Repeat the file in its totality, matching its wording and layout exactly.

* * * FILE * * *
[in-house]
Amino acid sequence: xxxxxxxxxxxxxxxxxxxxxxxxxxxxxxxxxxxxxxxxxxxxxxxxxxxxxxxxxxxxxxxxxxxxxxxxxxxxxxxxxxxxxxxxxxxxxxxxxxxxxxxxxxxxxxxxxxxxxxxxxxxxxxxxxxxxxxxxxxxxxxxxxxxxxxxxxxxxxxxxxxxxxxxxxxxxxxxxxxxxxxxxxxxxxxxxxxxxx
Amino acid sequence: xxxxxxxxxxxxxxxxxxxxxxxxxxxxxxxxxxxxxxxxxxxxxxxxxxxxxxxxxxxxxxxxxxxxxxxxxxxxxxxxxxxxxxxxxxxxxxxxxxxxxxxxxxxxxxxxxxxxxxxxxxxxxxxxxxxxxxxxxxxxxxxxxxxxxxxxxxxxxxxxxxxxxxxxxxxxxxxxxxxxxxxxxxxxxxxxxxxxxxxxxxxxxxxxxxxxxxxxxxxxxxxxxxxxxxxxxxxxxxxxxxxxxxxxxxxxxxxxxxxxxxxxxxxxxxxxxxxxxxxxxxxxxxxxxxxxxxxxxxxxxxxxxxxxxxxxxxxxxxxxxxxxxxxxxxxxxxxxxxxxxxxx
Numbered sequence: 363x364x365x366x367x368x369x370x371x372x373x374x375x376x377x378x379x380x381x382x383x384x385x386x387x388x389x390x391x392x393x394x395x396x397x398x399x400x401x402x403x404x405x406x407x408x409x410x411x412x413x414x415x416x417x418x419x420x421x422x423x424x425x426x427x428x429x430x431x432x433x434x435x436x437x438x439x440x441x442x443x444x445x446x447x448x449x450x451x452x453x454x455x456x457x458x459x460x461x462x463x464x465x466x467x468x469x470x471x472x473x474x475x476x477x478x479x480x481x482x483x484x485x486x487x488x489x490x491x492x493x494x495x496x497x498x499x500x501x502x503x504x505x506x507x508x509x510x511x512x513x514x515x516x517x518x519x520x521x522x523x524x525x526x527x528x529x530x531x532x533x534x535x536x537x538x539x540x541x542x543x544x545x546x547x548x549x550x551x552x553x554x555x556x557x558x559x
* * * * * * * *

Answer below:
[in-house]
Amino acid sequence: xxxxxxxxxxxxxxxxxxxxxxxxxxxxxxxxxxxxxxxxxxxxxxxxxxxxxxxxxxxxxxxxxxxxxxxxxxxxxxxxxxxxxxxxxxxxxxxxxxxxxxxxxxxxxxxxxxxxxxxxxxxxxxxxxxxxxxxxxxxxxxxxxxxxxxxxxxxxxxxxxxxxxxxxxxxxxxxxxxxxxxxxxxxxxxxxxxxxx
Amino acid sequence: xxxxxxxxxxxxxxxxxxxxxxxxxxxxxxxxxxxxxxxxxxxxxxxxxxxxxxxxxxxxxxxxxxxxxxxxxxxxxxxxxxxxxxxxxxxxxxxxxxxxxxxxxxxxxxxxxxxxxxxxxxxxxxxxxxxxxxxxxxxxxxxxxxxxxxxxxxxxxxxxxxxxxxxxxxxxxxxxxxxxxxxxxxxxxxxxxxxxxxxxxxxxxxxxxxxxxxxxxxxxxxxxxxxxxxxxxxxxxxxxxxxxxxxxxxxxxxxxxxxxxxxxxxxxxxxxxxxxxxxxxxxxxxxxxxxxxxxxxxxxxxxxxxxxxxxxxxxxxxxxxxxxxxxxxxxxxxxxxxxxxxxx
Numbered sequence: 363x364x365x366x367x368x369x370x371x372x373x374x375x376x377x378x379x380x381x382x383x384x385x386x387x388x389x390x391x392x393x394x395x396x397x398x399x400x401x402x403x404x405x406x407x408x409x410x411x412x413x414x415x416x417x418x419x420x421x422x423x424x425x426x427x428x429x430x431x432x433x434x435x436x437x438x439x440x441x442x443x444x445x446x447x448x449x450x451x452x453x454x455x456x457x458x459x460x461x462x463x464x465x466x467x468x469x470x471x472x473x474x475x476x477x478x479x480x481x482x483x484x485x486x487x488x489x490x491x492x493x494x495x496x497x498x499x500x501x502x503x504x505x506x507x508x509x510x511x512x513x514x515x516x517x518x519x520x521x522x523x524x525x526x527x528x529x530x531x532x533x534x535x536x537x538x539x540x541x542x543x544x545x546x547x548x549x550x551x552x553x554x555x556x557x558x559x